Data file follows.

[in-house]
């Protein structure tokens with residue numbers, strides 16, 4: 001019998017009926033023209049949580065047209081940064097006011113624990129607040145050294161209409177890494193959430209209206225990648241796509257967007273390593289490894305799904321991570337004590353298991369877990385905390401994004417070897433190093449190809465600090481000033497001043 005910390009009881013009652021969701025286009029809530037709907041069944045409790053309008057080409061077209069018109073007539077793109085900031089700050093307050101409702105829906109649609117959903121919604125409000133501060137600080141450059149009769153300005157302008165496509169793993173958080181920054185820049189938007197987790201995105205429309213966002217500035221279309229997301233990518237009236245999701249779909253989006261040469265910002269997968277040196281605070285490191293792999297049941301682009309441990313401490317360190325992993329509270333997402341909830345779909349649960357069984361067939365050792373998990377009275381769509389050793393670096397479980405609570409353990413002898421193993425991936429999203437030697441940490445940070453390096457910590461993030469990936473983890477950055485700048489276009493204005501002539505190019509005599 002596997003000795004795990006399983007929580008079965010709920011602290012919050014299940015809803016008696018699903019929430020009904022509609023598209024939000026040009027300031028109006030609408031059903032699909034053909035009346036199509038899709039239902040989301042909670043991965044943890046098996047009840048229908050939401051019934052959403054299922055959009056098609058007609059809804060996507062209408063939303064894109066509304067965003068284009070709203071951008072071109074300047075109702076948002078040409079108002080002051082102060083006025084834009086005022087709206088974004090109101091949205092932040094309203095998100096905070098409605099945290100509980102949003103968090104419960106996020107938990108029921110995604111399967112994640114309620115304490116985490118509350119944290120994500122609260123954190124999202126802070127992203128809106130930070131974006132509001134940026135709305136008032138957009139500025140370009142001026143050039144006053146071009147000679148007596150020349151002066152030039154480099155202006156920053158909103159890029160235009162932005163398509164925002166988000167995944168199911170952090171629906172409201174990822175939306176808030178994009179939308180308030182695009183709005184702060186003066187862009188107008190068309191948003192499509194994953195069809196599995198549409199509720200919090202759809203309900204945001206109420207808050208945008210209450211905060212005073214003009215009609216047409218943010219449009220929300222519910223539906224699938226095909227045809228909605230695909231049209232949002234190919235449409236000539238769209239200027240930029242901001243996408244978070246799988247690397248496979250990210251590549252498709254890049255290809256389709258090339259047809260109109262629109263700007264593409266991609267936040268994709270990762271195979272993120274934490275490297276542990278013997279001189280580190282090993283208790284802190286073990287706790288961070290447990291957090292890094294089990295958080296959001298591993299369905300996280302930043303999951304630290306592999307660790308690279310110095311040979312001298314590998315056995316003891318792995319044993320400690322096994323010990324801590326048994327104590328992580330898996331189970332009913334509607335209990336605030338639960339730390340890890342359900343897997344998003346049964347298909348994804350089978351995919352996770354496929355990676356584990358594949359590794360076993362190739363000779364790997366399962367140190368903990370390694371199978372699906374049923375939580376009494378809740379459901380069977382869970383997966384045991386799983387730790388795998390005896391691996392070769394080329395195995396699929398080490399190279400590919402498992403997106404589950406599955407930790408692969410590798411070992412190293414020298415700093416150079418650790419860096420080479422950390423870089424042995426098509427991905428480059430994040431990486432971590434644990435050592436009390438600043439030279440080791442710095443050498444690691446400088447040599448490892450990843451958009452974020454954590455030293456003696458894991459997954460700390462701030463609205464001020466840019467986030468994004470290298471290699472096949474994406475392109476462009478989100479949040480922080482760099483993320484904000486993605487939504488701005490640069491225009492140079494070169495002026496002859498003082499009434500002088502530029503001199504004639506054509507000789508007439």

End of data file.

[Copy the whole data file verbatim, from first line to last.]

[in-house]
């Protein structure tokens with residue numbers, strides 16, 4: 001019998017009926033023209049949580065047209081940064097006011113624990129607040145050294161209409177890494193959430209209206225990648241796509257967007273390593289490894305799904321991570337004590353298991369877990385905390401994004417070897433190093449190809465600090481000033497001043 005910390009009881013009652021969701025286009029809530037709907041069944045409790053309008057080409061077209069018109073007539077793109085900031089700050093307050101409702105829906109649609117959903121919604125409000133501060137600080141450059149009769153300005157302008165496509169793993173958080181920054185820049189938007197987790201995105205429309213966002217500035221279309229997301233990518237009236245999701249779909253989006261040469265910002269997968277040196281605070285490191293792999297049941301682009309441990313401490317360190325992993329509270333997402341909830345779909349649960357069984361067939365050792373998990377009275381769509389050793393670096397479980405609570409353990413002898421193993425991936429999203437030697441940490445940070453390096457910590461993030469990936473983890477950055485700048489276009493204005501002539505190019509005599 002596997003000795004795990006399983007929580008079965010709920011602290012919050014299940015809803016008696018699903019929430020009904022509609023598209024939000026040009027300031028109006030609408031059903032699909034053909035009346036199509038899709039239902040989301042909670043991965044943890046098996047009840048229908050939401051019934052959403054299922055959009056098609058007609059809804060996507062209408063939303064894109066509304067965003068284009070709203071951008072071109074300047075109702076948002078040409079108002080002051082102060083006025084834009086005022087709206088974004090109101091949205092932040094309203095998100096905070098409605099945290100509980102949003103968090104419960106996020107938990108029921110995604111399967112994640114309620115304490116985490118509350119944290120994500122609260123954190124999202126802070127992203128809106130930070131974006132509001134940026135709305136008032138957009139500025140370009142001026143050039144006053146071009147000679148007596150020349151002066152030039154480099155202006156920053158909103159890029160235009162932005163398509164925002166988000167995944168199911170952090171629906172409201174990822175939306176808030178994009179939308180308030182695009183709005184702060186003066187862009188107008190068309191948003192499509194994953195069809196599995198549409199509720200919090202759809203309900204945001206109420207808050208945008210209450211905060212005073214003009215009609216047409218943010219449009220929300222519910223539906224699938226095909227045809228909605230695909231049209232949002234190919235449409236000539238769209239200027240930029242901001243996408244978070246799988247690397248496979250990210251590549252498709254890049255290809256389709258090339259047809260109109262629109263700007264593409266991609267936040268994709270990762271195979272993120274934490275490297276542990278013997279001189280580190282090993283208790284802190286073990287706790288961070290447990291957090292890094294089990295958080296959001298591993299369905300996280302930043303999951304630290306592999307660790308690279310110095311040979312001298314590998315056995316003891318792995319044993320400690322096994323010990324801590326048994327104590328992580330898996331189970332009913334509607335209990336605030338639960339730390340890890342359900343897997344998003346049964347298909348994804350089978351995919352996770354496929355990676356584990358594949359590794360076993362190739363000779364790997366399962367140190368903990370390694371199978372699906374049923375939580376009494378809740379459901380069977382869970383997966384045991386799983387730790388795998390005896391691996392070769394080329395195995396699929398080490399190279400590919402498992403997106404589950406599955407930790408692969410590798411070992412190293414020298415700093416150079418650790419860096420080479422950390423870089424042995426098509427991905428480059430994040431990486432971590434644990435050592436009390438600043439030279440080791442710095443050498444690691446400088447040599448490892450990843451958009452974020454954590455030293456003696458894991459997954460700390462701030463609205464001020466840019467986030468994004470290298471290699472096949474994406475392109476462009478989100479949040480922080482760099483993320484904000486993605487939504488701005490640069491225009492140079494070169495002026496002859498003082499009434500002088502530029503001199504004639506054509507000789508007439």